Thursday, November 20, 2014

DPW Spotlight Interview: Katya Minkina

Each week we will spotlight a different DPW artist who will give away one of their best paintings.

To enter to win Katya's painting, "Salt Creek" go to Daily Paintworks and click on the link at the top of the page announcing their interview.

From Katya's DPW Gallery page:

I was born and raised in Moscow, Russia. I drew and painted throughout my childhood and mid teen years until I abruptly changed the course to pursue higher studies in linguistics. What started as a temporary break from painting stretched into long ten years.

It was not until I moved to Seattle in 2008 (after five years in South India where I taught French in an international school), that the absolute need to draw and paint finally caught up with me. (click to read more)

Tell us a bit about how you first started painting.

At the age of seven, I started attending an art school for children in Moscow, Russia, where I studied drawing and painting for about eight years. It was a long-term commitment which pretty much defined my childhood. But then I turned fifteen and...

Did you have any stops and starts in your painting career?

...And I was very dissatisfied with the rate of progress I was making in my painting class. I diagnosed myself with mediocrity and quit my art school unrepentantly in the middle of the school year. I thought I would take a little break, but it stretched into thirteen long years. Around 2008-2009, the urge to steer my life back to art was getting stronger and stronger. I had just moved to Seattle then, and my slow artistic recovery began with the life drawing studio at Gage Academy of Art. Over time, drawing turned into a necessity, it gave me a very clear feeling of doing the right thing. My heart was in it completely, even though it sometimes hurt to see what a long break had done to my skills.

Salt Creek
(click to see original image)

Enter to win by clicking on the link at the top of the home page announcing Katya's interview.

What mediums and genres have you experimented with?

When growing up, I was working mostly in gouache and pencil. Those were the preferred training media in my art school. Fast-forward to 2009, and I started figure drawing with the safest and most unassuming pencil. I tried my best to stay in the comfort zone as long as possible until an artist friend in the studio literally forced a piece of charcoal into my hands... then I stuck with charcoal just as fiercely until taking up painting became inevitable. A transition to a new medium always meets with a lot of resistance and discomfort until it is just completely unavoidable. Oil has been the most enjoyable discovery so far, and I had put it off the longest, starting on it only last spring.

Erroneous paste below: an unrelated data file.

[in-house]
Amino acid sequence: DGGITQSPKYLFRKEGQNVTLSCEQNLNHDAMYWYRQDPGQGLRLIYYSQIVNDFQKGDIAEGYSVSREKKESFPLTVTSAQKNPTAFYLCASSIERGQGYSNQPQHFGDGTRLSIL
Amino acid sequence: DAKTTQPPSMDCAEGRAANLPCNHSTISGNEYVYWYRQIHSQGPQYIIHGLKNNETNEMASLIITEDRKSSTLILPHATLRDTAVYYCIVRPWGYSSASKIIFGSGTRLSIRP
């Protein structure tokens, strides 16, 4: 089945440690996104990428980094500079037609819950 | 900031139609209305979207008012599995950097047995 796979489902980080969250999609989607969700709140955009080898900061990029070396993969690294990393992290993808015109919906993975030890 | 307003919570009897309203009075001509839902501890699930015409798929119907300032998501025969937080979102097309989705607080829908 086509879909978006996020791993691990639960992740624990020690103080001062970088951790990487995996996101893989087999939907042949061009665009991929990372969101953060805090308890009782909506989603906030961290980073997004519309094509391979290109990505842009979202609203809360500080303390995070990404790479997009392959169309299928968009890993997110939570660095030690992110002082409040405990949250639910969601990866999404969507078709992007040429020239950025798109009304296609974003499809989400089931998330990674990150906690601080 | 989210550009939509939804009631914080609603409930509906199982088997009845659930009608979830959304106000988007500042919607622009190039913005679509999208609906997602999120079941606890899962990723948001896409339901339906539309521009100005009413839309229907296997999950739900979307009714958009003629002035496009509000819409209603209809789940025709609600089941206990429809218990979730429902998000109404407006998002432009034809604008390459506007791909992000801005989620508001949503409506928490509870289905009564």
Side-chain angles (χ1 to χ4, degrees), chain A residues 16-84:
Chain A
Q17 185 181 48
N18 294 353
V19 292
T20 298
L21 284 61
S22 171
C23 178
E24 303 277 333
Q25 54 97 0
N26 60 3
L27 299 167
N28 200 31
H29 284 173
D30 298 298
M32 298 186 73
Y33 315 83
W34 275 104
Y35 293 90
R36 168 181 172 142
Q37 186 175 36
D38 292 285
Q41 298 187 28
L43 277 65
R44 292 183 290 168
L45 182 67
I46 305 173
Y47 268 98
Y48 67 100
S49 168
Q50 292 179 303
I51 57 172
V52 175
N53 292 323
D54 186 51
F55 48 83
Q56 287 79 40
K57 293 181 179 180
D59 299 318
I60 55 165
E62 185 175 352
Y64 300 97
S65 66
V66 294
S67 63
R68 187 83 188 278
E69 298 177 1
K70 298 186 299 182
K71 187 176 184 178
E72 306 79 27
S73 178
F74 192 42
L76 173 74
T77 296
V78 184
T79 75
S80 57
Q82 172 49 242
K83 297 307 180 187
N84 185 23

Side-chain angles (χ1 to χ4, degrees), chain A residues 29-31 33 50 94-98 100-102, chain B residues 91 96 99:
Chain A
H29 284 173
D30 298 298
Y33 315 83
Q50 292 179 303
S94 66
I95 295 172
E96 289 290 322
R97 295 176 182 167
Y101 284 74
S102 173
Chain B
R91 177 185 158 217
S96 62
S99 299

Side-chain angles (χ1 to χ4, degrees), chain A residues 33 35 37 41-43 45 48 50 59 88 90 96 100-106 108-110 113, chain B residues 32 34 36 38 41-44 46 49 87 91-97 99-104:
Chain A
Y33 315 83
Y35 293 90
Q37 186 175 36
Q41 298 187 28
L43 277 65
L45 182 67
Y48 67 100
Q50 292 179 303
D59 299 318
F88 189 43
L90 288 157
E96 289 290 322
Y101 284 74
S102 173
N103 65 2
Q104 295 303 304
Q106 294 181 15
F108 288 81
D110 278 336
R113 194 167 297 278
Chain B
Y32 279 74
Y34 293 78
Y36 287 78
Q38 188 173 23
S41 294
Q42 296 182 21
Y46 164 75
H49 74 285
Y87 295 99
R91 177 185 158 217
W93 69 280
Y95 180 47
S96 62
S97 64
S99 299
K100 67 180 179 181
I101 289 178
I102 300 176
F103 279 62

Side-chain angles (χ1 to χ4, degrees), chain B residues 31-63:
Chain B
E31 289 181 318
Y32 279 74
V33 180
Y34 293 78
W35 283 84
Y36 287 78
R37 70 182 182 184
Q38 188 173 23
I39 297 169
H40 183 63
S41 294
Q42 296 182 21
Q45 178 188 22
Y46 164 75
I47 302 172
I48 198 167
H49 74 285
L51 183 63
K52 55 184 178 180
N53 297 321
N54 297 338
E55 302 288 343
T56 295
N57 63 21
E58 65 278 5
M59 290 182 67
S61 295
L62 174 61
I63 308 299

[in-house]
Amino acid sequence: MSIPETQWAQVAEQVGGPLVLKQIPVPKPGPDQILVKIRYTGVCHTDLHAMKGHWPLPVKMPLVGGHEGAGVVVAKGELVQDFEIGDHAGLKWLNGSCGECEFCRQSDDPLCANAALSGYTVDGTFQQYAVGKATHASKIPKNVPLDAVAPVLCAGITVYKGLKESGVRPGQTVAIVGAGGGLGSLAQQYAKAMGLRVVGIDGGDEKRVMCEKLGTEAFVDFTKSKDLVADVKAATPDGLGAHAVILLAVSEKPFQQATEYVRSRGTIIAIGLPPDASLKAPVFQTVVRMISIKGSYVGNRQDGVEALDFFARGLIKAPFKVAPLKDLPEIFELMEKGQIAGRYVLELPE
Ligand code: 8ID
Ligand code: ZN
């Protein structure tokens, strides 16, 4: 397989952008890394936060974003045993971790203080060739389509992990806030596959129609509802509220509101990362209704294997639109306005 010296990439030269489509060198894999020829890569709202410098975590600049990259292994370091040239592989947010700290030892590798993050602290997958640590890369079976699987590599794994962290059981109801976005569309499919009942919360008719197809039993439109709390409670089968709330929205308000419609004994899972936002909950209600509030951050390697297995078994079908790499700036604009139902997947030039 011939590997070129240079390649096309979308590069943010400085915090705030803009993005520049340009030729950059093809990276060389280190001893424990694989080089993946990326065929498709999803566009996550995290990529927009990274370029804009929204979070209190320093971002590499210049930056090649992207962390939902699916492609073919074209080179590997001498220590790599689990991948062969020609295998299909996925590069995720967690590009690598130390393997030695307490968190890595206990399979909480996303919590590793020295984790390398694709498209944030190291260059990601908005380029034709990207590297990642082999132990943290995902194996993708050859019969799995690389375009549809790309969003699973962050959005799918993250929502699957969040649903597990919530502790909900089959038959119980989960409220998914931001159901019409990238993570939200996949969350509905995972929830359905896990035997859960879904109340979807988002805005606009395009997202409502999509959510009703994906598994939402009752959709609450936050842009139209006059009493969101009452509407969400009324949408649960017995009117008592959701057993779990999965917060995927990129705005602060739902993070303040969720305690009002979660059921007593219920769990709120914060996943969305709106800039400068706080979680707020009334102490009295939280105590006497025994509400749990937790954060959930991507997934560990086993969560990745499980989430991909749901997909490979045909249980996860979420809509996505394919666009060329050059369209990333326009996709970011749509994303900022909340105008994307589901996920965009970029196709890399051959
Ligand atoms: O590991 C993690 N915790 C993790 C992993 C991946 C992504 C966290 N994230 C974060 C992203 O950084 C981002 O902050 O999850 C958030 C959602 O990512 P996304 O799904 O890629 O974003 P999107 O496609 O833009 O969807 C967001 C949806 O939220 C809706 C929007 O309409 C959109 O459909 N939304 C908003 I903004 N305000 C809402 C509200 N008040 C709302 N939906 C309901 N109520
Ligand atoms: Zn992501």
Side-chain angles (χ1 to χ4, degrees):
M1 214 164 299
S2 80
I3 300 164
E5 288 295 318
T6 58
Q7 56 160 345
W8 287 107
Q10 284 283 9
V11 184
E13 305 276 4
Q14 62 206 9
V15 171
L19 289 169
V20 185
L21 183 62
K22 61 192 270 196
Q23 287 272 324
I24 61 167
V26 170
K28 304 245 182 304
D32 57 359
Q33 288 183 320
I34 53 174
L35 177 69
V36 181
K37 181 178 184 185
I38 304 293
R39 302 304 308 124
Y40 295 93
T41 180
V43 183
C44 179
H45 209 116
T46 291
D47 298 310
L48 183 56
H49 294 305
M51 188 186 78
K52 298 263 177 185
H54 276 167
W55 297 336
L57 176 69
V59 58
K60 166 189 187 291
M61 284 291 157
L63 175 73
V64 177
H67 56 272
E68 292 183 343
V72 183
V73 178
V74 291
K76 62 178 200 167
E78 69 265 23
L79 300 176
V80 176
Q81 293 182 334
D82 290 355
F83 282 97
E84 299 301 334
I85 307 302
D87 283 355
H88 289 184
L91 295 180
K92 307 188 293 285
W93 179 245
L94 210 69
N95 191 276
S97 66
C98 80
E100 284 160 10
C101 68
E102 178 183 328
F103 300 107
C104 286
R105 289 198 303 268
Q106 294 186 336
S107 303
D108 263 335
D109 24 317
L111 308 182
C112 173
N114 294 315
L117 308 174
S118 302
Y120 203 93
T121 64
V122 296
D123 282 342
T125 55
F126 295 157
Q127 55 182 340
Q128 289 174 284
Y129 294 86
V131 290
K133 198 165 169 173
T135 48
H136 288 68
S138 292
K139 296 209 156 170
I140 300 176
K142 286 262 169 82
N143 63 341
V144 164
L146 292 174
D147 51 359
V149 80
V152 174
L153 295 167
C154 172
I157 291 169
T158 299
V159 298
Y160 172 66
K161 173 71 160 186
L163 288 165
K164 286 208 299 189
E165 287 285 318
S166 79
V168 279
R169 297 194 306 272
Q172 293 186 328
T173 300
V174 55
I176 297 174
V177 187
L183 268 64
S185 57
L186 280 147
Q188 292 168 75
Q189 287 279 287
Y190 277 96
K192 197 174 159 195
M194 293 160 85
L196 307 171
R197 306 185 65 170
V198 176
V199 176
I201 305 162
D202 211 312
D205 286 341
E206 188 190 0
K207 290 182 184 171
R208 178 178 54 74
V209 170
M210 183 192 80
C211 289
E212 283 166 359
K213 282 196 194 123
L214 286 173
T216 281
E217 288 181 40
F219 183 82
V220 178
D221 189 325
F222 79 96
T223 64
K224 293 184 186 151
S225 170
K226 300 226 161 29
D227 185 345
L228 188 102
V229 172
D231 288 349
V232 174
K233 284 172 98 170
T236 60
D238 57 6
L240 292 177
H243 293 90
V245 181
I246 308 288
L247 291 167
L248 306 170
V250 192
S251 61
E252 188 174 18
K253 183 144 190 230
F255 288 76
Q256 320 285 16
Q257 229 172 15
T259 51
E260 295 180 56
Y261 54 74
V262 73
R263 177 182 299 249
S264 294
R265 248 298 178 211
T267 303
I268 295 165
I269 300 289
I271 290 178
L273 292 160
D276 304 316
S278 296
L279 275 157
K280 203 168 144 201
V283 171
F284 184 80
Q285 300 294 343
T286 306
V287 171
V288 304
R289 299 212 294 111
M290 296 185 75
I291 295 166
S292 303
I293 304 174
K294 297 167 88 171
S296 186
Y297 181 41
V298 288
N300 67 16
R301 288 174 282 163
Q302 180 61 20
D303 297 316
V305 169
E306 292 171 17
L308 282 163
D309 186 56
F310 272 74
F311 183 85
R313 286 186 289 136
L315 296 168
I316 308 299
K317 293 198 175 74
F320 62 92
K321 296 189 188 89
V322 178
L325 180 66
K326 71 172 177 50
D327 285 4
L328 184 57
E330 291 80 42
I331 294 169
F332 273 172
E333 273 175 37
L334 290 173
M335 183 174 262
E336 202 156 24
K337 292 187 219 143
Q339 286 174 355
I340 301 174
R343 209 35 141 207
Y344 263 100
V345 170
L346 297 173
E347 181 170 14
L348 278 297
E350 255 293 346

Which ones have "stuck" and which ones have fallen away?

From what my art journey resembles so far, I've been exploring media in a spiral. I take up a new medium, work with it and then move on to something else. At any given point of time, there is one that takes over. With every new loop of the spiral, I discover new interesting qualities of a medium. Right now it's oil. A prolonged exposure to one medium influences the way I handle the next one. It's interesting to see the overlapping that happens.

Master Class with Van Gogh
(click to see original image)

Which ones are you looking forward to exploring?

As much as I enjoy painting, I have a very strong pull towards graphics. I am intrigued by the challenges of composition, movement, depth and volume in a black-and-white medium, when I have to compensate for the absence of color by the expressiveness in other areas. I love to see what other skilled artists can do with a simple pencil, pen, or dry brush with ink.

Who or what inspires you most?

I am constantly on the lookout for inspiring drawings and paintings. I have discovered a wealth of talented contemporary artists in the US and abroad whose artistic paths speak to me. I love different aspects of the work of Catherine Kehoe, Alex Kanevsky, Jon Redmond, Diarmuid Kelley, Hollis Dunlap, William Wray, Jennifer McChristian, to mention very-very few! I was recently lucky to visit some of the best and biggest museums in the US, and being able to observe some great master paintings from close and savor the texture; the brushwork was a priceless experience.

Unrelated to the actual painting inspirations, my artistic journey is fueled and illuminated by the support and unexpected gifts of kindness from others. I was recently offered a spot in a plein air workshop which I would not have been able to afford otherwise. The gift came from one of my collectors, a tireless and dedicated organizer of a wonderful annual plein air event in Port Angeles called Paint the Peninsula.

Adopt 44
(click to see original image)

What does procrastination look like for you?

I used to be more prone to procrastination when I was expecting to churn out 'masterpieces' and naturally failed to live up to it. I feel now that this 'all or nothing' mindset was amateurish. I treat art practice as a slow cumulative growth comprised of a myriad of small efforts. I make sure I sketch on days when I don't paint. Even if a particular drawing or painting session doesn't seem to be going anywhere, it's a way to stay in touch with the process and power through uninspired days.